Tuesday, May 7, 2013

Technical analysis pre-empts fundamental data

Fundamentalists believe there is a  cause and effect between  fundamental factors and price changes. This means, if the fundamental news is positive the price should rise, and if the news is negative the price should fall. However, long-term analyses of price changes in financial markets around the world show that such a correlation is present only in the  short-term horizon and only to a limited extend. It is non-existent on a medium- and long- term basis.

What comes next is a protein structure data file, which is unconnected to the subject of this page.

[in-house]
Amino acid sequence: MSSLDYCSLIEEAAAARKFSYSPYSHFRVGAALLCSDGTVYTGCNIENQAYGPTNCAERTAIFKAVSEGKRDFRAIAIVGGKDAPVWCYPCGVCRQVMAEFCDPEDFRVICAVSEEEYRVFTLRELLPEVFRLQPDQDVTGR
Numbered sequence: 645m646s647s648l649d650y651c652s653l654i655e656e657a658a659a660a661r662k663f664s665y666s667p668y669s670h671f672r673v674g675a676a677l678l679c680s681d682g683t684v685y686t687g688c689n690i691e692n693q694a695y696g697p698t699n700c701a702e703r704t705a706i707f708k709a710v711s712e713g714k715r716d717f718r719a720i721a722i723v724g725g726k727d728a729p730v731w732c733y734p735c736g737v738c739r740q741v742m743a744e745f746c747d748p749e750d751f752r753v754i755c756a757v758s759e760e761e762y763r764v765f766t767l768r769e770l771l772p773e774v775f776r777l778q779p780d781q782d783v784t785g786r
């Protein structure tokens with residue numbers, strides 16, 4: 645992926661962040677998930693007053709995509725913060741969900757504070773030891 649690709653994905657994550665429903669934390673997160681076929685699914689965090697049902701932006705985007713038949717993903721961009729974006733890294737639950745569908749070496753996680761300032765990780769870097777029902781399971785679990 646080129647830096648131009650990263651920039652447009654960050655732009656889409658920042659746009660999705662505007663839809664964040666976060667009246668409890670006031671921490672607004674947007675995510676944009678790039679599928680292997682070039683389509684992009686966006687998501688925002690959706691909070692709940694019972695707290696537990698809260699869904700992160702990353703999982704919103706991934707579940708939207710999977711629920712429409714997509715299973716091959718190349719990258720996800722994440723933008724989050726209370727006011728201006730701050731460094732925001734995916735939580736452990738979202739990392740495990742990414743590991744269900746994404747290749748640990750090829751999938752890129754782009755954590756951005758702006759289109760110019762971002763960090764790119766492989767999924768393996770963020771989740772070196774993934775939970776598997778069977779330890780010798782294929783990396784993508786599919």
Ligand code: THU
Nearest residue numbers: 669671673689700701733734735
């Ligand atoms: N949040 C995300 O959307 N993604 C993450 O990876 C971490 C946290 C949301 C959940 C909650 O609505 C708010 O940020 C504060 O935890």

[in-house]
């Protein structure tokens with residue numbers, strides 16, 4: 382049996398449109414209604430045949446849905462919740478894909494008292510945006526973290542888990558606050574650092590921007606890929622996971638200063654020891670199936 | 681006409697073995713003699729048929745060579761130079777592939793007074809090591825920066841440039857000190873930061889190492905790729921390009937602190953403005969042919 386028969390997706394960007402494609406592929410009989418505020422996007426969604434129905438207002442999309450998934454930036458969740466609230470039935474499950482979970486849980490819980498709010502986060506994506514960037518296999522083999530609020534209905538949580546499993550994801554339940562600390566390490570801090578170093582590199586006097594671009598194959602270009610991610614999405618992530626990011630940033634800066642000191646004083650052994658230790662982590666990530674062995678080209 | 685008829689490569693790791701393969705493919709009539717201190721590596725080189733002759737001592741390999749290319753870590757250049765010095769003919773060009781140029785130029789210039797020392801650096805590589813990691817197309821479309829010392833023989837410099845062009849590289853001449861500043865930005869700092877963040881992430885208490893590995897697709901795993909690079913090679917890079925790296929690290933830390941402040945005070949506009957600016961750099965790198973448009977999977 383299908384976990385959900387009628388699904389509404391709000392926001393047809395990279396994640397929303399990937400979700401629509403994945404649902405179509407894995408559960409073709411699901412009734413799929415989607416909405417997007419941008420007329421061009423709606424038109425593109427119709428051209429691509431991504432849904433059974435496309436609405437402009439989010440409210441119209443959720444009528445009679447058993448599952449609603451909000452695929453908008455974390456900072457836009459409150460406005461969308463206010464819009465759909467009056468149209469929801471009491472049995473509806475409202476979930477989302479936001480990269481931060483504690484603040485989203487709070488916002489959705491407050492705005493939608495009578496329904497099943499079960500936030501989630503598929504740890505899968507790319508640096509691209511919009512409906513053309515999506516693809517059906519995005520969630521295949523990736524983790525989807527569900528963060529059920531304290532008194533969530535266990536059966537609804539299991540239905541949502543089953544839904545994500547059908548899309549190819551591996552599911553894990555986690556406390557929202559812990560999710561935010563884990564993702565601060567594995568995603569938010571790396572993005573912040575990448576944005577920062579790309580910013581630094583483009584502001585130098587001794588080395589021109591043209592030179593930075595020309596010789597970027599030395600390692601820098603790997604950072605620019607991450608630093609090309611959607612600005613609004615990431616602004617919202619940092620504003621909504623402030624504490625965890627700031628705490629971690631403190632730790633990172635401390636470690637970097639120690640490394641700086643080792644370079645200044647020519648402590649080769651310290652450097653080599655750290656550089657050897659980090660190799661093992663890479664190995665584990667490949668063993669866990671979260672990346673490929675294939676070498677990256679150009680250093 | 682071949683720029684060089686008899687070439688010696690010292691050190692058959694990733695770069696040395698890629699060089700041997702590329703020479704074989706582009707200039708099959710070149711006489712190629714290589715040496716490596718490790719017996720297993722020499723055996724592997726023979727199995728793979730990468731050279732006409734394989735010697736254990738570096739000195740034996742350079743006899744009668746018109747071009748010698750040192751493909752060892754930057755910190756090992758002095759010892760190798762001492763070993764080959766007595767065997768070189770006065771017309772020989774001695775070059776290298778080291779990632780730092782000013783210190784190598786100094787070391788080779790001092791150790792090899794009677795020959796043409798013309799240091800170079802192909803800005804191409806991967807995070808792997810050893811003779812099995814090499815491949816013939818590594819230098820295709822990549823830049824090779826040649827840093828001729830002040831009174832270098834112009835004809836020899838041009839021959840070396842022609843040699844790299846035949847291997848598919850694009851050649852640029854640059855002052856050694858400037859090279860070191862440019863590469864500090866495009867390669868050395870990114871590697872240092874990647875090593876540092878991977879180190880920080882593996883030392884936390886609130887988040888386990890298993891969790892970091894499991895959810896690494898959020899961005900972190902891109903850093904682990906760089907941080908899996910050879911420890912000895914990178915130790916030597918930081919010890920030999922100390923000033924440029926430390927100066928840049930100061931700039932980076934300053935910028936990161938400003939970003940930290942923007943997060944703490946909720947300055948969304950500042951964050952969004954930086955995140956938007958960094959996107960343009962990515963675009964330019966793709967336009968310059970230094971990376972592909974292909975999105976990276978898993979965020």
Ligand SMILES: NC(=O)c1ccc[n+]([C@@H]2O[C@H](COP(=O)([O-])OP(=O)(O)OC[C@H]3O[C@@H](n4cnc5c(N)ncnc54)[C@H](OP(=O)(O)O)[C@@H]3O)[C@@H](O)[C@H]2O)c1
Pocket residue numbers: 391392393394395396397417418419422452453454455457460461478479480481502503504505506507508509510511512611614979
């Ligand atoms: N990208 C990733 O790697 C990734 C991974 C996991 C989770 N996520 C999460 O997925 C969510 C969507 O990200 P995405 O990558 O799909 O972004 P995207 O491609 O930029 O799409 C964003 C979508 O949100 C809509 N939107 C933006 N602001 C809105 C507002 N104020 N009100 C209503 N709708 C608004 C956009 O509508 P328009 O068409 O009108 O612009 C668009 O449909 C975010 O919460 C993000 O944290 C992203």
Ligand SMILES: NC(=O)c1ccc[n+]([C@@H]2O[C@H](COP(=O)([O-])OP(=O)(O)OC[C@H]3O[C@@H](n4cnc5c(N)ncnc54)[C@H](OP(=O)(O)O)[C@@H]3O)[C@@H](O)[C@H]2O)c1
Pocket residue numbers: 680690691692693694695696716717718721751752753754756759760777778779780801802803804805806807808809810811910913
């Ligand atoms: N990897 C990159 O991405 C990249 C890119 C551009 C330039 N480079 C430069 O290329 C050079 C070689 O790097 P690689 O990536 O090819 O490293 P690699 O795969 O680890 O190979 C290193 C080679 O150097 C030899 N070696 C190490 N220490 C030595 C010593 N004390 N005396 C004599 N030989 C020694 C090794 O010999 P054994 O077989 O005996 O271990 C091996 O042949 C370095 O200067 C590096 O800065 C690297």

In fact, the contrary is true. The stock market itself is the best predictor of the future funda- mental trend. Most often, prices start rising in a new bull trend while the economy is still in  recession (position B on chart shown above), i.e. while there is no cause for such an  uptrend. Vice versa, prices start falling in a new bear trend while the economy is still  growing (position A), and not providing fundamental reasons to sell. There is a time-lag of  several months by which the fundamental trend follows the stock market trend. Moreover,
this is not only true for the stock market and the economy but also for the price trends of   individual equities and company earnings. Stock prices peak ahead of peak earnings while bottoming ahead of peak losses.

The purpose of technical analysis is to identify trend changes that precede the fundamen-  tal trend and do not (yet) make sense if compared to the concurrent fundamental trend.